Leukemia is a type of cancer that affects the blood cells. This condition can develop in people of any age, but it most often affects either children or older adults. Experts estimate that within the United States, there are more than 472,000 people who have leukemia. Globally, about 2.43 million people are living with the condition. Around 1.5% of people will develop leukemia during their life.
Leukemia types and survival rates
here are several types of leukemia. Different forms of this cancer are grouped into categories based on how fast they grow: acute leukemias consist of abnormal-looking cells that grow aggressively, while chronic leukemias consist of cancer cells that look more normal and grow more slowly.
Leukemias are also classified by the type of blood cell they affect. Lymphoblastic or lymphocytic leukemias form in the cells that make lymphocytes, which arewhite blood cells that fight infections. Myeloid or myelogenous leukemias develop from the cells that make red blood cells, platelets, and other types of white blood cells.
Overall, there are four main types of leukemia. They each lead to different outlooks:
- Acute lymphoblastic leukemia (ALL). Around 70.8% of people with ALL live five years or more after diagnosis.
- Acute myeloid leukemia (AML). About 30.5% of people with AML live at least five years after diagnosis.
- Chronic lymphocytic leukemia (CLL). About 87.9% of people with CLL live five years or more after being diagnosed.
- Chronic myeloid leukemia (CML). Around 70.4% of people with CML live at least five years after being diagnosed.
Each of these leukemia types also consists of multiple subtypes. The type of leukemia you have determines which symptoms you develop and plays a role in which treatment plan has the best chance of being the most effective.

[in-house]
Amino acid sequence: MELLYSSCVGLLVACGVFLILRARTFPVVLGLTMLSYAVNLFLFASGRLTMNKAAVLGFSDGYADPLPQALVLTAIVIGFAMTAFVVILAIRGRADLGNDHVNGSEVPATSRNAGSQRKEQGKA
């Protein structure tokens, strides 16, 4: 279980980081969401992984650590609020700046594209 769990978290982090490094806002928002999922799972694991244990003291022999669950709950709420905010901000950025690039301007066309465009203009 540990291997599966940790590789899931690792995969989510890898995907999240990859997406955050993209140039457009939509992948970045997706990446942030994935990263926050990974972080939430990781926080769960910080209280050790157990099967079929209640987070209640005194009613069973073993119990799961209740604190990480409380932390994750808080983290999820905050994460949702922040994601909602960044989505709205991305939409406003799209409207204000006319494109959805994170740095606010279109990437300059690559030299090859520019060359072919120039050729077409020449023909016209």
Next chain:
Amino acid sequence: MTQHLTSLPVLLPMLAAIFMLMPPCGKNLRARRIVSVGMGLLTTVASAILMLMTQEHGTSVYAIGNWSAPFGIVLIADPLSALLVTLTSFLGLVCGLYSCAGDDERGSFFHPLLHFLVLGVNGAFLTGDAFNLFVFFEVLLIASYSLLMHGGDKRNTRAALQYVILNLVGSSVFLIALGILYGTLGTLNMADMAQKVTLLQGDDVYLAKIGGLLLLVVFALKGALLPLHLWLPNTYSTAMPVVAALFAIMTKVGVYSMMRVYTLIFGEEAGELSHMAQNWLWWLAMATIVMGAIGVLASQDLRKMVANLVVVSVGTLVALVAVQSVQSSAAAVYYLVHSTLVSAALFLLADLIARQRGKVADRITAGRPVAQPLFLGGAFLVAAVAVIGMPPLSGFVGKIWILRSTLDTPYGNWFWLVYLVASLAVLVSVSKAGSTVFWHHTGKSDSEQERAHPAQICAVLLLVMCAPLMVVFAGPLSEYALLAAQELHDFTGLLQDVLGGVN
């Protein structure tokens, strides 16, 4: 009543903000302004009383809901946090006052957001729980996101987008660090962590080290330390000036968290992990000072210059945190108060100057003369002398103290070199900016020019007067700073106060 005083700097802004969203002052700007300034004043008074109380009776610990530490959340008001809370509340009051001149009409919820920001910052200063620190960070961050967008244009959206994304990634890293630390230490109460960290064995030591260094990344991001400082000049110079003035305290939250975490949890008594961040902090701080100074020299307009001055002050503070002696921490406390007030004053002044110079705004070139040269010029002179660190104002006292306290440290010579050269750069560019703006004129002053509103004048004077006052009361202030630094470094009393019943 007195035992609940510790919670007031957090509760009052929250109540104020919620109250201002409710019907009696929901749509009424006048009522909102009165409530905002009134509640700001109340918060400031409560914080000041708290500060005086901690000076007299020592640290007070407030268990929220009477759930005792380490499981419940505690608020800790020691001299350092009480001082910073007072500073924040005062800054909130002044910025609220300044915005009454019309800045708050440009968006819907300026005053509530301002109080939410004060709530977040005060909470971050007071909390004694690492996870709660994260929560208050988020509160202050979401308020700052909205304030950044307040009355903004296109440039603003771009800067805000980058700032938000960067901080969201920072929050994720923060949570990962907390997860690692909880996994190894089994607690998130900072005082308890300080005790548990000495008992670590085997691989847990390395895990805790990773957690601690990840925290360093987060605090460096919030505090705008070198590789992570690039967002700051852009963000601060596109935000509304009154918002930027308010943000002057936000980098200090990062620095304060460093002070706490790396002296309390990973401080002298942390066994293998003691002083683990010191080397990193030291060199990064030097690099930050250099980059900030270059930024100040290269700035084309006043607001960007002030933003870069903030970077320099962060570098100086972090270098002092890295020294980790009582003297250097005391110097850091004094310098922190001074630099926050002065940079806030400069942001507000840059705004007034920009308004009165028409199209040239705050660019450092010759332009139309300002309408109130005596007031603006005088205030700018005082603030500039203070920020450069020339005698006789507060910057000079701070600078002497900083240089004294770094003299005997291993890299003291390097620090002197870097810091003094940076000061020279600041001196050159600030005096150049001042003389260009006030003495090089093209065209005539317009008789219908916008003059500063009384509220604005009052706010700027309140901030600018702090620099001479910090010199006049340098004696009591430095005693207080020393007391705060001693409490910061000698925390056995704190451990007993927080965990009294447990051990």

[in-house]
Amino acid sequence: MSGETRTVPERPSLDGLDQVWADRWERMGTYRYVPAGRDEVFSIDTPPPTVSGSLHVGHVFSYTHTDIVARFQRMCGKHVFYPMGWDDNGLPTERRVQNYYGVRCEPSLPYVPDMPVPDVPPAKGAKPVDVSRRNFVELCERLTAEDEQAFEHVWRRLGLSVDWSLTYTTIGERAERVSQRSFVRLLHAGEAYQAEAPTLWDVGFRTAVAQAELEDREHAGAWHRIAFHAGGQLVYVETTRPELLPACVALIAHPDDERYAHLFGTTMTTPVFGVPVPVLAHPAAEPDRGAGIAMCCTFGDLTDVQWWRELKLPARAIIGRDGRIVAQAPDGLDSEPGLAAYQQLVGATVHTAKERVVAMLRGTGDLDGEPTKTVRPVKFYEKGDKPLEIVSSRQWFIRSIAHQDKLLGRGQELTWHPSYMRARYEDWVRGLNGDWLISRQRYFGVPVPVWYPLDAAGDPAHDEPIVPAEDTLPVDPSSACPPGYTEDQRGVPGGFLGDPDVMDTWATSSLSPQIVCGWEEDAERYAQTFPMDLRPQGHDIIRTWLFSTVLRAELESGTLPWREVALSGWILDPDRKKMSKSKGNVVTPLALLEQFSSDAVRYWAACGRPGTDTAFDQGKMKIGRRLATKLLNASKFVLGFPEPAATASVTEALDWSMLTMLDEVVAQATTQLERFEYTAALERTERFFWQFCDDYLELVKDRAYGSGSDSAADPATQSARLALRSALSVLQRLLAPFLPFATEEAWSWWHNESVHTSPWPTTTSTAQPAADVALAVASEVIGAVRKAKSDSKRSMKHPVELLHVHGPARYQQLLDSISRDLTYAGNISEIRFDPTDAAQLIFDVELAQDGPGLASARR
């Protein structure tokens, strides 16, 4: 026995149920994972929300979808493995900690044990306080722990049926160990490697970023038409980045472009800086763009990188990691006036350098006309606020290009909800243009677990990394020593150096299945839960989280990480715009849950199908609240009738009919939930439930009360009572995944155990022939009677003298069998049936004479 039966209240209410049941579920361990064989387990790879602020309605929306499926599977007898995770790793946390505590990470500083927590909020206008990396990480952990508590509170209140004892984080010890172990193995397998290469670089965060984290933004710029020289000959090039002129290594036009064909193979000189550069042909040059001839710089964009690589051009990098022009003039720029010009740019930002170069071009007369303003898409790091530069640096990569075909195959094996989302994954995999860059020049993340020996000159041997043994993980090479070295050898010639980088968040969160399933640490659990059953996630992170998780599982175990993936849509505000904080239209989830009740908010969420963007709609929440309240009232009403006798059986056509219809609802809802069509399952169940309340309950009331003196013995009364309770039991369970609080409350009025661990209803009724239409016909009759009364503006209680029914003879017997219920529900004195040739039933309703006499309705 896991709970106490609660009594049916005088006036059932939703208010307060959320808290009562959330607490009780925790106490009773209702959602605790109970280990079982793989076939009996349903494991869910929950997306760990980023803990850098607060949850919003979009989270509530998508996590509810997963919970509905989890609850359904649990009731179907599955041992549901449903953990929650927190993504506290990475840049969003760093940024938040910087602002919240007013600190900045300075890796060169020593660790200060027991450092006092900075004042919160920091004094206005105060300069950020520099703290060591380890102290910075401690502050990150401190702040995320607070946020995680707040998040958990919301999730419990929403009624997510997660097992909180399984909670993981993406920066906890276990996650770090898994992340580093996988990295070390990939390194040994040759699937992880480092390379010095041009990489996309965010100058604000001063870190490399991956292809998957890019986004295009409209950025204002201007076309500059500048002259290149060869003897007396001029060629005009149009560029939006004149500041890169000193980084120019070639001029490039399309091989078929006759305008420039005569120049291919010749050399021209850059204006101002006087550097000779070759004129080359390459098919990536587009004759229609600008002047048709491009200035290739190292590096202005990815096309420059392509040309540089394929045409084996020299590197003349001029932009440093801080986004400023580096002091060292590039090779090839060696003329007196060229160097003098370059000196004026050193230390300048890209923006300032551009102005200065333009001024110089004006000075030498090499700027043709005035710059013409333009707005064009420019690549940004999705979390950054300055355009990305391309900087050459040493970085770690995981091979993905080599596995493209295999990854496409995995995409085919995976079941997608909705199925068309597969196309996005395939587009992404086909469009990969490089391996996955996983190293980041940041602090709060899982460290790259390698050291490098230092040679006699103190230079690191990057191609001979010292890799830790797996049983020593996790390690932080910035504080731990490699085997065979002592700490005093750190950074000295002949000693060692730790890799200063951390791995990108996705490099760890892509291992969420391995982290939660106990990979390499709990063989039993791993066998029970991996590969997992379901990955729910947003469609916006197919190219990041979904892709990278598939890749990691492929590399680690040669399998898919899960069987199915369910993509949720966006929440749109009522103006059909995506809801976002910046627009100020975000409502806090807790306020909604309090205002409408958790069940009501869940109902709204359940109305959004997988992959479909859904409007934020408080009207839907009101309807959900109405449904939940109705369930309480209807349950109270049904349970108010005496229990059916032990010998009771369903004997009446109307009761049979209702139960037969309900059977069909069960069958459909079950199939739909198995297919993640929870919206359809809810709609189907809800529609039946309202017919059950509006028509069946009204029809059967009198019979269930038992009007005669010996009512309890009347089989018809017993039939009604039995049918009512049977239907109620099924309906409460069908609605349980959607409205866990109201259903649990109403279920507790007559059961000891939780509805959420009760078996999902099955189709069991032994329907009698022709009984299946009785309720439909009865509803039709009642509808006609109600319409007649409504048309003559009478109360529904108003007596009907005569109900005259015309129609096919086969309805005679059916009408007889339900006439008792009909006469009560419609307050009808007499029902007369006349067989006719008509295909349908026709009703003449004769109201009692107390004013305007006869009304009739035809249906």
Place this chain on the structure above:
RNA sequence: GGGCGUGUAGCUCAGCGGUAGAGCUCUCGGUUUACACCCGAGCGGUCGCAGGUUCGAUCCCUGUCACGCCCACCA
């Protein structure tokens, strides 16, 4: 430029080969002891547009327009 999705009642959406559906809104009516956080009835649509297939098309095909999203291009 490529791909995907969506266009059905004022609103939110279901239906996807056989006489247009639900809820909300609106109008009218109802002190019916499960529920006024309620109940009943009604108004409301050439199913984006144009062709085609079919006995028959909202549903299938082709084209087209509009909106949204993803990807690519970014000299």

Cancer, including leukemia, develops due to changes (mutations) in a cell’s genes. Genes act like instructions that tell the cell what to do and how to grow. When genes in a blood cell undergo mutations, they may tell the cell to start growing too quickly or make too many copies of itself, leading to large numbers of abnormal leukemia cells that crowd out the body’s normal blood cells.
Experts don’t always understand why these mutations form. However, certain risk factors can increase your chances of developing gene changes that lead to leukemia, such as:
- Being exposed to certain chemicals, including benzene and formaldehyde.
- Smoking cigarettes.
- Having previously undergone cancer treatments such as radiation therapy or chemotherapy.
- Having certain genetic disorders like Down syndrome, Klinefelter syndrome, or Fanconi anemia.
- Being diagnosed with other conditions that affect blood cells, such as myelodysplastic syndrome (MDS) or a type of myeloproliferative neoplasm (MPN).
- Having a family history of leukemia.
In most cases, it’s not clear what exactly caused your leukemia. However, doctors can look for specific gene mutations that may provide clues about which treatments may work best.
Symptoms of leukemia can include:
- Bone pain.
- Pale skin.